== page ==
Kristin Buss headshot in maroon blouse, long brown hair.
Published on: Jul 6, 2020

Kristin Buss, head of the Department of Psychology in the Penn State College of the Liberal Arts, has been named the Tracy Winfree and Ted H. McCourtney Professor in Children, Work, and Families.

A professor of psychology and human development and family studies as well as an affiliate faculty member in Penn State’s Child Study Center and a co-funded faculty member in the Social Science Research Institute, Buss joined the Penn State faculty in 2006. She earned her doctorate in developmental psychology from the University of Wisconsin-Madison and completed a postdoc in affective neuroscience there in 2001. She is a prolific scholar, authoring more than 85 articles and chapters and two books. She is a frequent presenter at national and international conferences and has secured more than a dozen external grants.

“I came to Penn State because it is one of the best places in the world to be a developmental scientist,” said Buss, who, among her other accomplishments, was instrumental in establishing Parents and Children Together (PACT), a university-community partnership and research initiative that works to promote the health and well-being of children, youth and families from diverse backgrounds in the greater Harrisburg area. “I knew that Penn State would be a great place to develop collaborations. PACT is a good example of a collaboration that I wouldn’t have been able to do anywhere else.”

Buss said she was interested in child development from a young age but found her calling through a developmental psychology class while in college.

“I thought maybe I would be a teacher or a clinician of some kind,” she said. “But I was really interested in being a scientist as well, so when I first set foot in a developmental psychology lab, I realized I could bridge my two interests.”

The McCourtney Professorship in Children, Work and Families is one of many endowed faculty positions funded by longstanding philanthropists Tracy and Ted McCourtney. Tracy graduated from Penn State with a degree in English and assisted foster children and families in New York City as a social worker. Ted earned an engineering degree from Notre Dame before serving in the U.S. Navy and earning a master of business administration degree from Harvard University. The McCourtneys were named Penn State's Philanthropists of the Year in 2013.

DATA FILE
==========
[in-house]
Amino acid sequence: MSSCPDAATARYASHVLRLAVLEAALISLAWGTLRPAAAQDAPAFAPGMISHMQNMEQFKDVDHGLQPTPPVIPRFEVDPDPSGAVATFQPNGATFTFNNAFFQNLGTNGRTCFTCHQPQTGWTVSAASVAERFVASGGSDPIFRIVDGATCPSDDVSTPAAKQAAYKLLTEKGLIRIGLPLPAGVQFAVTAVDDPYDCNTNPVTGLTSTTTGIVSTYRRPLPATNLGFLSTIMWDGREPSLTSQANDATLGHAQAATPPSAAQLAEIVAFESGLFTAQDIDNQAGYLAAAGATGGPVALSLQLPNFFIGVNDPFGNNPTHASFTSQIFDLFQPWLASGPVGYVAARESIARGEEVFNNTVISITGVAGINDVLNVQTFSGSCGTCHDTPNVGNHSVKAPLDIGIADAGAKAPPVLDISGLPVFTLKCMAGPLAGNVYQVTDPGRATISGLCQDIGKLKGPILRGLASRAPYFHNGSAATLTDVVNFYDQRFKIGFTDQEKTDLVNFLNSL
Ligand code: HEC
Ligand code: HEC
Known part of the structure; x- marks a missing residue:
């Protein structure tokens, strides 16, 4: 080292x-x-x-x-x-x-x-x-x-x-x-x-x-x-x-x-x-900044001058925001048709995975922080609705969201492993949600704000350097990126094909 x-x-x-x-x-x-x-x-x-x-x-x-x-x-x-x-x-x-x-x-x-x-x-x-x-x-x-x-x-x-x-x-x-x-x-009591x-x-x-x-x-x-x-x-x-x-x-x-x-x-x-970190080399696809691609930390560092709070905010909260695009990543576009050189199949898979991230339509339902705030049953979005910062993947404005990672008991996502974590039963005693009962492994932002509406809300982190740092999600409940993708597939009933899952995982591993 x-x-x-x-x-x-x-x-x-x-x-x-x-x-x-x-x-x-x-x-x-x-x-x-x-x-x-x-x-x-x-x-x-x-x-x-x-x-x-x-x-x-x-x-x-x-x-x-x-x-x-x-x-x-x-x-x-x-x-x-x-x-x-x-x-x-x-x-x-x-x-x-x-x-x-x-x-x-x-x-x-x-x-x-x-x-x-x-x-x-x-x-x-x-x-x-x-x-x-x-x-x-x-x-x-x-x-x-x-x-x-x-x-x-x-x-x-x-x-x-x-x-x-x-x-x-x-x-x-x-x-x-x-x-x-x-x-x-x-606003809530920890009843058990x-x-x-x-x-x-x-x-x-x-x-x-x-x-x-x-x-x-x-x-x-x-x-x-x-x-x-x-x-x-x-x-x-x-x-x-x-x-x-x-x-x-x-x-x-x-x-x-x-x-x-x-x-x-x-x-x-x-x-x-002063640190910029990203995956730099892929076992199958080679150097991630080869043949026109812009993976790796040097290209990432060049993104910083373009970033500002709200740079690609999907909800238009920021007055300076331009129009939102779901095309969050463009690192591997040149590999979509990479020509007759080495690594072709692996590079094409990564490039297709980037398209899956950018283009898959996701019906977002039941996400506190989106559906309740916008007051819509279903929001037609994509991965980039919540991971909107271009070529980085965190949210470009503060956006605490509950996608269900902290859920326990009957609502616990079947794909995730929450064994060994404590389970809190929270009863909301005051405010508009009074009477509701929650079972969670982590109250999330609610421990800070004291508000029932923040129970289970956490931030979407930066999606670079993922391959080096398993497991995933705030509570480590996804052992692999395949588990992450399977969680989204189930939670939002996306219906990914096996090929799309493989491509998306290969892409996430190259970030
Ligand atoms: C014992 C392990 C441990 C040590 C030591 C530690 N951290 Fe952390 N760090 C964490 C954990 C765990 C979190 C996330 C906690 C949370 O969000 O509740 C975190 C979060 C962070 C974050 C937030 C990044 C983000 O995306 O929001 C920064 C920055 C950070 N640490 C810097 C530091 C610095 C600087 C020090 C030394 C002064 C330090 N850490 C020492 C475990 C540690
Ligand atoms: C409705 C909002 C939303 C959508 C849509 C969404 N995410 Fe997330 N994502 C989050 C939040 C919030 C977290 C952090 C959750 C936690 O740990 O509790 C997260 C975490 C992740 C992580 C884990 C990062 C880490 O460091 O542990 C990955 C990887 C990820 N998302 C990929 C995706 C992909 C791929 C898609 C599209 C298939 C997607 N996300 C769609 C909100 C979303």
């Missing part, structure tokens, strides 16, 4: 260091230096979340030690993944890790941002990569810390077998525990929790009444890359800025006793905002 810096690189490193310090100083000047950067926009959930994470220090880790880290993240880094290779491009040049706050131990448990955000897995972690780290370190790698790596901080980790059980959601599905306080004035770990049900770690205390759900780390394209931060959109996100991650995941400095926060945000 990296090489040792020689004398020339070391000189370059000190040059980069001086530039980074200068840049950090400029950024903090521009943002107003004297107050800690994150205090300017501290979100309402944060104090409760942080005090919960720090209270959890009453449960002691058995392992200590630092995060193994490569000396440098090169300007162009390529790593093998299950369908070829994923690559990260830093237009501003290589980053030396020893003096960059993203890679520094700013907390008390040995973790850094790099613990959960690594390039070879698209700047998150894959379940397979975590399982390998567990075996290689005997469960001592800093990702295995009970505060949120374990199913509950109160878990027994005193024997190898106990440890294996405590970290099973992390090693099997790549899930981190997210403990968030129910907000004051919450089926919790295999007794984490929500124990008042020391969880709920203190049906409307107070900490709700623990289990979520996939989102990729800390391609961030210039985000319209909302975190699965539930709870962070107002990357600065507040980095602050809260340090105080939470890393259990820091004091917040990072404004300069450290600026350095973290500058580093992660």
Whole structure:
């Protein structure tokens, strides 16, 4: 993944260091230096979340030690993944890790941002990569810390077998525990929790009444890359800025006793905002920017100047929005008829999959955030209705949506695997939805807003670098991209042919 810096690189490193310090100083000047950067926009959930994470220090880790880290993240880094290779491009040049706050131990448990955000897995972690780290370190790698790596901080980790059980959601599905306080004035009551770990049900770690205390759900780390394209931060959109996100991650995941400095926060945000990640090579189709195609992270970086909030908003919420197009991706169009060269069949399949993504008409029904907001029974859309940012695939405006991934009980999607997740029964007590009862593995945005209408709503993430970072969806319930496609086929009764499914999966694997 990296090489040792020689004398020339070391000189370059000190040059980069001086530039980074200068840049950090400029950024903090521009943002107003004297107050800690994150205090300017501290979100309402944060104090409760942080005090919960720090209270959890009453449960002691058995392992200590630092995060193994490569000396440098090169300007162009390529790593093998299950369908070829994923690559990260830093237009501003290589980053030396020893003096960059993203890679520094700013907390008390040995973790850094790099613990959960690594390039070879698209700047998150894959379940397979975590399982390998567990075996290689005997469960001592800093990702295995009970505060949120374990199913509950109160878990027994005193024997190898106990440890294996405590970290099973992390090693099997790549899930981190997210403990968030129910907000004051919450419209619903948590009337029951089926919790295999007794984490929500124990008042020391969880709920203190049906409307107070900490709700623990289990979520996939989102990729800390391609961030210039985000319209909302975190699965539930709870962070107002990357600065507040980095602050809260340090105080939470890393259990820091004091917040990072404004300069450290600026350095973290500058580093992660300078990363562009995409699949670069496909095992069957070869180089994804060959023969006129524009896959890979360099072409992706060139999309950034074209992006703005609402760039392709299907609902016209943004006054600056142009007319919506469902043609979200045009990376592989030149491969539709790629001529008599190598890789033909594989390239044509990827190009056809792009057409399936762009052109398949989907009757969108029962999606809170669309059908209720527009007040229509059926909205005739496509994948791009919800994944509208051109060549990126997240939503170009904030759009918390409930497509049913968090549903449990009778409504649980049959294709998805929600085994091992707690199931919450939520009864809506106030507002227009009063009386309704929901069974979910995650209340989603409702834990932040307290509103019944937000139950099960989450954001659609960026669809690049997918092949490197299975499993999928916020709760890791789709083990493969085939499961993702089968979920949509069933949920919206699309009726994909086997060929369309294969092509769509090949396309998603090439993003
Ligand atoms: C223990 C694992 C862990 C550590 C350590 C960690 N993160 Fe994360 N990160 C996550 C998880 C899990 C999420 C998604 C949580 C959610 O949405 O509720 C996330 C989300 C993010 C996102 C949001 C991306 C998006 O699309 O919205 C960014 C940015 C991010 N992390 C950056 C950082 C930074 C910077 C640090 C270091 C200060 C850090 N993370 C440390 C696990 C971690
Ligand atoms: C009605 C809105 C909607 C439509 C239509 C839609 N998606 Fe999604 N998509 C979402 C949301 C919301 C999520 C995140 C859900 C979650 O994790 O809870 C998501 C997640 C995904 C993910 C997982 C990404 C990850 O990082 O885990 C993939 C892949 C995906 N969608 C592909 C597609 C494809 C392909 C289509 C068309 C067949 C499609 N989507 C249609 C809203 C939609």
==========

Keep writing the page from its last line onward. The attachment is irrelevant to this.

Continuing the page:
“It’s hard to put into words just how special this is,” said Buss of her being named a McCourtney professor. “As an academic, you work so hard to get tenure and then again to become a full professor. It’s really meaningful to have your work honored and acknowledged this way and to know that the McCourtneys chose to support research that makes children’s lives better.”

Buss plans to use the stipend she receives from the professorship to support undergraduate and graduate research assistants and to provide stipends to research subjects on a future project.

“This professorship affords me a degree of freedom I didn’t have before,” said Buss.

“Dr. Buss is an extraordinary scholar and leader,” said Clarence Lang, Susan Welch Dean of the College of the Liberal Arts. “Through her work, she has raised the visibility of the college and Penn State, and most importantly, she has made meaningful contributions to community-engaged, participatory research in the field of child development. She is well-deserving of this honor, and I look forward to witnessing what her future accomplishments will be. I am also deeply grateful to Tracy and Ted McCourtney for their overwhelming generosity.”

"Dr. Buss is an extremely accomplished developmental psychologist," added Karen Bierman, Evan Pugh University Professor and director of the Child Study Center. "She is an innovative designer of and vocal advocate for engaged scholarship and its importance for addressing disparities in child mental health and developmental well-being. It is an impressive record of accomplishments and impact, and she is very deserving of this professorship."

The McCourtneys established the Children, Work and Families Professorship in 1999. It was held by one other faculty member, Duane Alwin, professor of sociology and demography, from 2002 – 2020.